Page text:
UK mobile operator Three on Monday said it would launch its first new-generation 5G broadband service in London in August and would roll out mobile and broadband across 25 towns and cities before the end of the year. Three, which is owned by Hutchison, said it would start its 5G network with a London home broadband service, joining BT's EE and Vodafone in launching services in 2019. Three said its 2 billion pound ($2.55 billion) 5G infrastructure investment included network improvements in major British cities and a cloud core network provided by Nokia.
Ethiopia's parliament will on Monday approve a law covering the liberalisation of the state-controlled telecoms sector, a parliament spokesman said. The move is the first concrete sign of progress on economic reforms pledged by Prime Minister Abiy Ahmed shortly after he took office in April 2018. "(On Monday) the Parliament will discuss comments made on the draft telecom law by standing committees of Human Resource and Technology, as well as Trade and Industry, after the that the MPs will approve the proclamation," parliament's communications director, Qusquam Mamo, told Reuters.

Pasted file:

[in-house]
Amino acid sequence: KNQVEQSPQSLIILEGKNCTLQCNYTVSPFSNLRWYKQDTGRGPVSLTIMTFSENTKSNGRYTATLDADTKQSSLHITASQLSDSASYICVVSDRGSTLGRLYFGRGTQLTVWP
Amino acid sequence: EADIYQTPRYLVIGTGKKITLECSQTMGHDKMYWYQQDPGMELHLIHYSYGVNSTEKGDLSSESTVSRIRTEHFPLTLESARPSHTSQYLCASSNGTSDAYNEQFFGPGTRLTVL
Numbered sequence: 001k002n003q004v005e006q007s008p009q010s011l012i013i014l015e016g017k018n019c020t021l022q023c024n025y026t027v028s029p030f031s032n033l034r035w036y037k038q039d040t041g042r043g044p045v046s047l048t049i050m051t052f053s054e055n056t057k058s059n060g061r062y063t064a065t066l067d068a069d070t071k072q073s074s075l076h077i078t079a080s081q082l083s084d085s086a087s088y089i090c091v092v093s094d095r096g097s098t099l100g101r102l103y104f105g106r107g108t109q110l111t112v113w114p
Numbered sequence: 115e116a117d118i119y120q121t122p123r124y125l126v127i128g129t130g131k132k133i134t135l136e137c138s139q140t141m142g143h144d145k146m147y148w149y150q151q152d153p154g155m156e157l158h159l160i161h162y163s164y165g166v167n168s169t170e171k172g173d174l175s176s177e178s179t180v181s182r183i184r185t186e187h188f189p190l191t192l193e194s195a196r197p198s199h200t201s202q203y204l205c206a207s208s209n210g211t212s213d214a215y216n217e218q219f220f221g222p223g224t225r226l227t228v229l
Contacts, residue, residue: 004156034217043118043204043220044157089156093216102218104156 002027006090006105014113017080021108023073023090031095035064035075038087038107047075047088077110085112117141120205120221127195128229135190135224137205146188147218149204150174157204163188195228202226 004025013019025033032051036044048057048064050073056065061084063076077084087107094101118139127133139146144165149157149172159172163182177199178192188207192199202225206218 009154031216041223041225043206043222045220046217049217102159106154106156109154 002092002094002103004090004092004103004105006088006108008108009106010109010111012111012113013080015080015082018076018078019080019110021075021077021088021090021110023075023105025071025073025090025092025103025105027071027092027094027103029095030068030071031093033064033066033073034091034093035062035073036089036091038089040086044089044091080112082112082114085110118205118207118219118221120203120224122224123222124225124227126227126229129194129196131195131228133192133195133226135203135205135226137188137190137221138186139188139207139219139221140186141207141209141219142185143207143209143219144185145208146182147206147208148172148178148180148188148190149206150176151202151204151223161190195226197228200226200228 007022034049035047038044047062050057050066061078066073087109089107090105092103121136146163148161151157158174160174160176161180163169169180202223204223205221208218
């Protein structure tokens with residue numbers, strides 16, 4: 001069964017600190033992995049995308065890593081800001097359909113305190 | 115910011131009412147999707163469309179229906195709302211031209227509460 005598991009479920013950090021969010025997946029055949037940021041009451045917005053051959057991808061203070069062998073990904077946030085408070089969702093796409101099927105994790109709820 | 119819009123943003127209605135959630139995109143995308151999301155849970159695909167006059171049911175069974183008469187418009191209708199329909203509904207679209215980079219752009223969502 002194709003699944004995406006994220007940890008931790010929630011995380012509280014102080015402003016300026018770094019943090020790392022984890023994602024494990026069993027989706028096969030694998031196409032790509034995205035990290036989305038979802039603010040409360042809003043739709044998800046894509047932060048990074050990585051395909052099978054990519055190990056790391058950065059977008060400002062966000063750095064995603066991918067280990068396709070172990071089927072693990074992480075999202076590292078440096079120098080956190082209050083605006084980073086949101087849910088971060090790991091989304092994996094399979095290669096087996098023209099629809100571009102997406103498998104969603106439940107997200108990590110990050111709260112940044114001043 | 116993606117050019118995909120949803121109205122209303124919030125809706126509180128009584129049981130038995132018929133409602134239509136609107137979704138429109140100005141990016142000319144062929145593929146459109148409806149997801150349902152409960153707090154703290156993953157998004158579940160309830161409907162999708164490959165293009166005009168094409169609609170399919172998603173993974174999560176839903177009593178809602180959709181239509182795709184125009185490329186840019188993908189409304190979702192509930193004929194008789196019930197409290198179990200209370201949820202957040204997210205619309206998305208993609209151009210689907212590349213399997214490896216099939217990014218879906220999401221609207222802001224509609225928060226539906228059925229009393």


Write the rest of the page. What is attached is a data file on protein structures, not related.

Vocus Group Ltd on Tuesday said Swedish private equity firm EQT Infrastructure had withdrawn its A$3.3 billion ($2.30 billion) buyout offer, making it the fourth suitor to drop its bid for the telecoms company in the last two years. "Following an accelerated period of due diligence, EQT has decided not to proceed with the transaction outlined in the indicative proposal," Vocus said in a statement.
The former Vodacom Group Ltd. executive was brought in about 18 months ago to lead a recovery at the airline, which has been unprofitable since 2011 and mired in mismanagement and corruption scandals. Finance Minister Tito Mboweni has made clear the government is reluctant to approve a further outlay, saying he favors shutting down the company.